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Speculation alert: Margin debt at a peak Add to ...

If you belong to the camp that believes the stock market is getting ahead of itself , here's some evidence of investor exuberance: Hedge funds increased their net leverage in January to the highest level since October 2007, as they took advantage of record-low borrowing costs to bet that the U.S. equity rally will continue, according to a Bloomberg News article.

Debt at margin accounts at the New York Stock Exchange, minus cash and unused credit from margin accounts, climbed to $46-billion (U.S.), according to data released by NYSE. Total margin debt was $290-billion.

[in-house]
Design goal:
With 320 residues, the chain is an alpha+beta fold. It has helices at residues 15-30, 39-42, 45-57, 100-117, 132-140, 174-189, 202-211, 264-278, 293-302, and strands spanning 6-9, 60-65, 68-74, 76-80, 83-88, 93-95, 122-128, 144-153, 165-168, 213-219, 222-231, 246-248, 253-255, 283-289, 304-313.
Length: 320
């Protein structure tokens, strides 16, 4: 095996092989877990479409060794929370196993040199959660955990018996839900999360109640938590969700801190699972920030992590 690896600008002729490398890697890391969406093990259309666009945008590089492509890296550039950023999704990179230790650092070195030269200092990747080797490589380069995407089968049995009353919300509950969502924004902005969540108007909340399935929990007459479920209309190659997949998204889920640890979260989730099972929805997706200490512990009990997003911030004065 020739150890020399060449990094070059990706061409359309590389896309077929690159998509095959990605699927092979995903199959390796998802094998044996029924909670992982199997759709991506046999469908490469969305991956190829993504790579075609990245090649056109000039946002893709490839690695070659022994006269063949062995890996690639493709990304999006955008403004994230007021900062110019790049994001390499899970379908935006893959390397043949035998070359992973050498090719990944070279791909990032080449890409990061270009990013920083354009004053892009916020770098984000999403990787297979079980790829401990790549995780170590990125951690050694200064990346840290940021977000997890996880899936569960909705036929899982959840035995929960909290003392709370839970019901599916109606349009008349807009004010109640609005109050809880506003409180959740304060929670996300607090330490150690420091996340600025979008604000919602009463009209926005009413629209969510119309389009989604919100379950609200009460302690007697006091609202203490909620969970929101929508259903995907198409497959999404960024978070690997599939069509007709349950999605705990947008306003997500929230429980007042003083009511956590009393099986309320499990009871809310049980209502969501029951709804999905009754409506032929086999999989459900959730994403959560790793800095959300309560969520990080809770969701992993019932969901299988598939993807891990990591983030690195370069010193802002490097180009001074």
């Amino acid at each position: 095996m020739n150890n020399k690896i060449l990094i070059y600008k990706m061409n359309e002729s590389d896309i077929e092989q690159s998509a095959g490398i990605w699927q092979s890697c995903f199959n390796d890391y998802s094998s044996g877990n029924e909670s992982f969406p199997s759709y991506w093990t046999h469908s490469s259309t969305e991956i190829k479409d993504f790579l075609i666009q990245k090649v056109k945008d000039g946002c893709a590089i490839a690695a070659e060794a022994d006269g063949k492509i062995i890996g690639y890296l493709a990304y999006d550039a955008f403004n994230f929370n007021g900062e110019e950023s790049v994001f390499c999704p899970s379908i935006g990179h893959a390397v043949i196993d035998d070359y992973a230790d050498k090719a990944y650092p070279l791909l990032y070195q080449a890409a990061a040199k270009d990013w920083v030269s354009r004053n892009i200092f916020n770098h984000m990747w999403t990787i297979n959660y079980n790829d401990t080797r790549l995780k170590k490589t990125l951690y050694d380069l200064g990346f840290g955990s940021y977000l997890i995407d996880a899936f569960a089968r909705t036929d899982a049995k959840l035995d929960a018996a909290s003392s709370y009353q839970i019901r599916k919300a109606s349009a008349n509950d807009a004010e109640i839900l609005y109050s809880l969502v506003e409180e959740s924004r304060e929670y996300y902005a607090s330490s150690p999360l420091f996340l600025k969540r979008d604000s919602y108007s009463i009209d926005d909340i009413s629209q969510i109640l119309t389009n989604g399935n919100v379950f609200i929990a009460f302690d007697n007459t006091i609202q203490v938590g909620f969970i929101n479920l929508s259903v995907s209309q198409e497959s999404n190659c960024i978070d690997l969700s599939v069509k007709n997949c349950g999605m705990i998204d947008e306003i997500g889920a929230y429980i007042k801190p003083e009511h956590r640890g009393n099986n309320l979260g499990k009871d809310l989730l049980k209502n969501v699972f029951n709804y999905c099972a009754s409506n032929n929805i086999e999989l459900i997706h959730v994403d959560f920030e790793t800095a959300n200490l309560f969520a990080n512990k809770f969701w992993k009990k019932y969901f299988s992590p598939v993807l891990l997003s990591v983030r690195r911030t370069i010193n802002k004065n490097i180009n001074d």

Money borrowed at the NYSE can help gauge speculators' bullishness toward stocks. Margin debt peaked in February 2000 and in July 2007, before stocks plunged, while unused credit in margin accounts rose to a record high of $386-billion in August 2008, about seven months before the Dow Jones Industrial Average rebounded from a 12-year low to start an 85 percent rally to date.

A potential pitfall for those trading "on margin" is a sharp decline in stock prices. A wave of margin calls can worsen selling pressure on stocks and was seen as partly to blame for the market's woes during the financial crisis.

Speaking of borrowing and speculating: If you're wondering what's hot on short-sellers' lists these days, Globe Investor reporter Simon Avery has run a number of screens examining the issue:

  • Stocks that shine – among short sellers
  • Where short sellers fear to tread
  • More bad news for U.S. papers
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